Film review: Rust and Bone

Rust and Bone
De rouille et d’os
2012
Why Not Productions

STARRING Marion Cotillard, Matthias Schoenaerts
WRITTEN BY Jacques Audiard, Thomas Bidegain, based on Craig Davidson’s collection of short stories “Rust and Bone”
PRODUCED BY Jacques Audiard, Martine Cassinelli, Pascal Caucheteux
DIRECTED BY Jacques Audiard

SHOT BY Stéphane Fontaine
EDITED BY Juliette Welfing
MUSIC BY Alexandre Desplat
DISTRIBUTED BY UGC Distribution, Sony Pictures Classics

Screened 2012-12-12

rust-and-bone-2012-_snapshot_00.43.22_[2012.11.01_22.13.35]

Jacques Audiard’s follow-up to 2009’s acclaimed Un prophèt is another Cannes Palme d’Or contender, his adaptation of Craig Davidson’s short story collection titled “Rust and Bone.” Matthias Schoenaerts (cast out of 200 potentials) plays Ali, a 30something now down in Antibes (southern France) and crashing on his sister’s couch while he works entry-level part-time gigs, ‘does’ whichever easy girl is around this week (and receives far too many phone calls while he ‘does’ them), and generally remains absorbed in TV kickboxing at the expense of his pre-teen son – but then Ali is quite the teen himself. While playing bouncer at a local club one evening Ali encounters Stephanie (Marion Cotillard) stumbling out, bloodied from her questionable involvement in a fight which had erupted – Stephanie, you see, is immediately characterized as One Tough Bitch. She’d have to be to endure the loss of her legs when a spooked orca collapses an enormous stage at Marineland, where she had worked as a trainer. Stephanie’s half of Rust and Bone details, expectedly, her crisis and recovery, and Ali’s half sees him take thoughtlessness to its extreme, indulge in petty racketeering, screw up with his child about as much as a father can, hit bottom and drag himself back to life – this in the film’s last five minutes and, yes, expectedly, as the only other possible trajectory for a man like Ali is that long, slow coast down Tragedy Lane.

Why the two ever become involved with one another is unclear and feels dismayingly arbitrary; Stephanie, in her post-op stupor, drunk dials Ali (who had escorted her home that evening at the club), and the two just start spending a great deal of time together: at the beach, in the bedroom, in the back-alley where Ali bare-knuckle kickboxes other up-and-coming young hooligans. What’s intriguing and a bit fun about Rust and Bone is watching Stephanie gain momentum in this new life of hers; there is one particularly fun cut from Stephanie staring into space as she gets a large industrial-brand tatt on an amputated leg, to that tatt displayed on her naked flesh as she rides her new client, Ali the back street kickboxer. But the problem with a Hakuna Matata narrative is that if everything feels arbitrary, well… yes, that’s right. You can see Rust and Bone, or not see it. What you’ll be missing are a lot of bad pop songs, Audiard’s dynamic, visceral direction (seen elsewhere in his work), Cotillard’s excellent portrayal of emotional bereavement and recovery, and some simply outstanding computer editing that removes the legs of Cotillard, a real-life biped. This CGI work is not exactly enough of a reason to see the film, but I was simply blown away by the craft of those techies – and I usually do everything I can to resist resorting to complimenting the graphic design at play in films, since it has speedily absorbed so much of the industry and has nothing to do with storytelling. Rust and Bone was nominated for two Golden Globes, but please do not let this dissuade from seeing it.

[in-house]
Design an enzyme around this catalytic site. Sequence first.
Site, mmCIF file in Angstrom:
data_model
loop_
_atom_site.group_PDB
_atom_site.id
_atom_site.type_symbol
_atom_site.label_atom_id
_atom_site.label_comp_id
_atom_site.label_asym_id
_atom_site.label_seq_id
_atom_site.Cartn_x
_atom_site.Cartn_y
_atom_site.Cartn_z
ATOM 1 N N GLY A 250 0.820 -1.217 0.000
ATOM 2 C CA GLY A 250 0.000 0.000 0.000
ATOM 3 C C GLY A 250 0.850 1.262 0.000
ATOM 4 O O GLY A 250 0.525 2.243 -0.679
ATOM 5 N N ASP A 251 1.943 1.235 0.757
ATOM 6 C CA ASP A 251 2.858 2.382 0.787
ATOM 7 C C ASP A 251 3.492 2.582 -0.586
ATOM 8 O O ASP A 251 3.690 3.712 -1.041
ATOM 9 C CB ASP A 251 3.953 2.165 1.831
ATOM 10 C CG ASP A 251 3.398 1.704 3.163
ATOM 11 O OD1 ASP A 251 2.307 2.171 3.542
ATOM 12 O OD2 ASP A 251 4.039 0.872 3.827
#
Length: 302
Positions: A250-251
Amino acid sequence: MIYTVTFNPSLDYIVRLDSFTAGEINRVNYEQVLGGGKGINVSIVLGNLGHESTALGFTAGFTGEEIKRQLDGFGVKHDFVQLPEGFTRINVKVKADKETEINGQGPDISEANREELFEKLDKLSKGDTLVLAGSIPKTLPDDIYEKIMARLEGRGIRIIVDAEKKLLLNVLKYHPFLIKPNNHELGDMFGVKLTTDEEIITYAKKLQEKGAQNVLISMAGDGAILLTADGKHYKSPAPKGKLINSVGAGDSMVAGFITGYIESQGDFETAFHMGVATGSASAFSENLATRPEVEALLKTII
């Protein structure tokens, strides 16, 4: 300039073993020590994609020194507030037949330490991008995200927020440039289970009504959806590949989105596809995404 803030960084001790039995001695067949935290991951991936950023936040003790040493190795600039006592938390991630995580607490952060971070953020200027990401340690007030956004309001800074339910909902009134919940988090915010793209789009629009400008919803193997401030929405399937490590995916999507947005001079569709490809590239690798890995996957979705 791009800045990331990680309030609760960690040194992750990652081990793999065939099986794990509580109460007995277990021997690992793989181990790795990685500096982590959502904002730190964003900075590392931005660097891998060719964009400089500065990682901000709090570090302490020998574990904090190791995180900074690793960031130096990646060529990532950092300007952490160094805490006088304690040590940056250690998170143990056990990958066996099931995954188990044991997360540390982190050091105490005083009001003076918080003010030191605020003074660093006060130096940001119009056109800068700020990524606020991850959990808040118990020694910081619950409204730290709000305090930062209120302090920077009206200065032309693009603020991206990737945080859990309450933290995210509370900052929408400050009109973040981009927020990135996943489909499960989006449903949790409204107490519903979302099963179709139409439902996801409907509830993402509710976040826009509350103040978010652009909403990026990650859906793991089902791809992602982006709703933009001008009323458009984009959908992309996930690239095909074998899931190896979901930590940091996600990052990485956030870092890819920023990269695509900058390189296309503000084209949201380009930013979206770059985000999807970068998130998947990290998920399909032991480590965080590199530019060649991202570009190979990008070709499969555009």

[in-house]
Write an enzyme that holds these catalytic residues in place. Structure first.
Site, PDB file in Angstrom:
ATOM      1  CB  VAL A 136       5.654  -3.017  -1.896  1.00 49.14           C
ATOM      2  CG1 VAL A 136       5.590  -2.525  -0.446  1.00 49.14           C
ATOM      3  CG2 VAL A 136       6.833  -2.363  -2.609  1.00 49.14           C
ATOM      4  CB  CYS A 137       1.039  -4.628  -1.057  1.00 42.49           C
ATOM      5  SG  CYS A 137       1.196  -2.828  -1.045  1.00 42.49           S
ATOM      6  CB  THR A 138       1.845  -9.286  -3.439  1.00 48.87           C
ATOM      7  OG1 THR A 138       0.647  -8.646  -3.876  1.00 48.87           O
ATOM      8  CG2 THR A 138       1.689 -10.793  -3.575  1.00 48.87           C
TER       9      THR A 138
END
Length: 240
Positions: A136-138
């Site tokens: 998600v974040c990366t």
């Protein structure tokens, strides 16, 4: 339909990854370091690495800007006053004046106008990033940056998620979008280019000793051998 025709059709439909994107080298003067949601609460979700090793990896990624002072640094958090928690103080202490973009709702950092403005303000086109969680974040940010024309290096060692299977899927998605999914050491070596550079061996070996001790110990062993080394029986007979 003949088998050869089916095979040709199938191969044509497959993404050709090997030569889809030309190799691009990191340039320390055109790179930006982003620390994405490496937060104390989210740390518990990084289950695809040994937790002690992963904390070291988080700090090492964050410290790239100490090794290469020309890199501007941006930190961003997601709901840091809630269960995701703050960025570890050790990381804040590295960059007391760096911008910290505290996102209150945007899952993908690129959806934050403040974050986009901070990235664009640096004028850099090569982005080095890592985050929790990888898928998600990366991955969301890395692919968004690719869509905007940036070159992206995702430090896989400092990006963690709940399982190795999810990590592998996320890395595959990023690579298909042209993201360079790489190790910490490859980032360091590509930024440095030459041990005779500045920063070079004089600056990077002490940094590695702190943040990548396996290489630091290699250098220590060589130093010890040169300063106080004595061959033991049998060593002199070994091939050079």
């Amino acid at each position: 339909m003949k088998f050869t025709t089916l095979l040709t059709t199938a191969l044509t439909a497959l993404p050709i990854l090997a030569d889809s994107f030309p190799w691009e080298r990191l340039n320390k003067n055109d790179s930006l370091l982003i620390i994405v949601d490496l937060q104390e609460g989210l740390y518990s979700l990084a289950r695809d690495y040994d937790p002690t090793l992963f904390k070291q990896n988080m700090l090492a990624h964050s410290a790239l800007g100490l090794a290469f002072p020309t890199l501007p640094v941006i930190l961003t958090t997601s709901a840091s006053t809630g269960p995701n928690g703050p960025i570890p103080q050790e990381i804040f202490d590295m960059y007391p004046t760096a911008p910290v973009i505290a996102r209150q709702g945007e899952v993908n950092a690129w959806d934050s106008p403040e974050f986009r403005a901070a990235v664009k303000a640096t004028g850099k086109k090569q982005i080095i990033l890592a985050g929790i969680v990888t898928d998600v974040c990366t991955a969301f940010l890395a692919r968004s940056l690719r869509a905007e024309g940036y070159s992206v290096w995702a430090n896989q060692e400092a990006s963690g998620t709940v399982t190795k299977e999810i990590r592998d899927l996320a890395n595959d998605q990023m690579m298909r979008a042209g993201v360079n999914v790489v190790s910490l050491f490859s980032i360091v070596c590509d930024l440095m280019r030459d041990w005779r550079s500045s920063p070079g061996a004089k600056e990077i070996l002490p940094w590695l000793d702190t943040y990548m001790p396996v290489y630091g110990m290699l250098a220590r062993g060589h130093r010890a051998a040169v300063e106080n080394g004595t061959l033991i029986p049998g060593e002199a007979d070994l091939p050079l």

written by David Ashley

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